to make their chickens sick. So if you have a sick chicken
and you deliver it to an FAO office, you’ll get back 1.25
healthy, vaccinated chickens. Just enough of an incentive to
make it worth your while, but not too much of an incentive
to cause you to get your chicken sick. And that seems to be a good,
practical strategy. AUDIENCE: Will that help? LARRY BRILLIANT: Yes. Yes, it’ll help. In 1997, there was
an outbreak of– they said 1996 in the movie, I
think, but it was really 1997. In 1997, there was an outbreak
of bird flu in Hong Kong. And in response to that
outbreak, they killed 1.5 million chickens in 72 hours. It stopped the outbreak
in its tracks. And the woman who ran that, Dr.
Mabel Cheng, is now the head of WHO’s pandemic
office for influenza. She’s terrific. And that kind of aggressive
and difficult and painful executive decisions
are needed. And what she did was
unbelievable. It was very, very difficult
to stop it. And we’re trying to build global
surveillance systems like the one that I’m working
on and that Google is incubating over in our building
called InSTEDD. We’re trying to build an early
warning system that can find outbreaks of novel diseases like
bird flu or SARS or Ebola early enough that the world
can respond to it. So we’re still working on it. AUDIENCE: So it sounds like a
pandemic is, in some sense, inevitable. But our optimum strategy is to
delay it as long as possible and hope that technology and
economic infrastructure advances to a way so that we
minimize the impact, I guess? LARRY BRILLIANT: Yeah, we call
it the speed bump strategy. I think that’s it. You’re trying to put
speed bumps in the path of the pandemic. I think that’s exactly right. AUDIENCE: [INAUDIBLE] you could also have more
than one [INAUDIBLE] LARRY BRILLIANT: You could have
more than one pandemic? AUDIENCE: I mean, if you were
able to catch one early, you could actually stop it, even
though it’s slightly [INAUDIBLE] LARRY BRILLIANT: Yeah, well,
here’s the real question. Harvard School of Public Health
published a study in December which assumed that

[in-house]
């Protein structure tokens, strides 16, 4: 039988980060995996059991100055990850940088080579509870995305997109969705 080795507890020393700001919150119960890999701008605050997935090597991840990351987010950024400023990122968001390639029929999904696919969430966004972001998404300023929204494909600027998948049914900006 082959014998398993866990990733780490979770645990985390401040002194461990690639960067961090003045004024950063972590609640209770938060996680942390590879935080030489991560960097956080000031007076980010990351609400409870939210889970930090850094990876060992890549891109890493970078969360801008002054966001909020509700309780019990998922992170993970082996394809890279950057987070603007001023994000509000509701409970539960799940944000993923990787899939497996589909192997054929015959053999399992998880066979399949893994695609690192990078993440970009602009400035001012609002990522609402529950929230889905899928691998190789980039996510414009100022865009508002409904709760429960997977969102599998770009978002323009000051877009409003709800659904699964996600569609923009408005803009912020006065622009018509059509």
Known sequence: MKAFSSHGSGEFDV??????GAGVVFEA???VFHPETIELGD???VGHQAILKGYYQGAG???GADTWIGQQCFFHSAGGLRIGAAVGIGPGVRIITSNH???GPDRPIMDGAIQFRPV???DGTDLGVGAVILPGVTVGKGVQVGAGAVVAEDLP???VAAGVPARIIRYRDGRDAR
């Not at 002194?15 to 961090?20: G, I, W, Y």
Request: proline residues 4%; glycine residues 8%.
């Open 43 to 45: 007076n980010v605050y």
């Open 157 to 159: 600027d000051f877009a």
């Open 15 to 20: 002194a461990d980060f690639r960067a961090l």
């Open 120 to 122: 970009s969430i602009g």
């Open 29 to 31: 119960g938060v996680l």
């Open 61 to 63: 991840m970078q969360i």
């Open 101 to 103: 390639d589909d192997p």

the virus did multiple mutations in multiple parts of
the world at the same time, which I thought was a pretty
dumb thing to assume, because it hasn’t done one. Why do you think, all of the
sudden, they’ll do seven or eight or nine, all spread
out all over the world. In that case, there’s really
nothing to do. You’re not going to be able
to find them all. You’re not going to be able
to respond to them all. But if the virus behaves the
way we think the 1918 virus behaved and the ’57 and ’68
viruses behaved, we will be able to find the
first outbreak. It’ll just be at what time
will we find it? When there’s one case? When there’s 100 cases? When there’s 1,000 cases? When it’s spread to other
countries or not? Two excellent studies done in
Science and in Nature by Ira Longini, who’s a modeler,
suggests that if we could find the first outbreak within 21
days and saturate the entire area around the outbreak with
Tamiflu or any other neurominidase inhibitor, we
could stop the whole thing. And that’s a bit of
a controversy. But certainly, it’s
worth trying. And you can slow it down. So it’s either speed bumps
or you stop it. AUDIENCE: But will we ever reach
a point in technology where we won’t have to worry
about the threat of a pandemic, because we will the
early warning systems, we’ll be able to quickly identify,
come up with antivirals, and then just stop it. LARRY BRILLIANT: The only virus
that I don’t think we have to worry about is smallpox,
because we’ve eradicated it. Until we eradicate polio, we
still have to worry about it. We’re this close to eradicating
polio, yet last month, there were six
cases in Minnesota. Just out of the blue. Viruses are hard to deal with. The only strategy against
a virus that works is eradicating it, in my opinion. And probably, influenza is the
hardest one to eradicate. AUDIENCE: But there’s a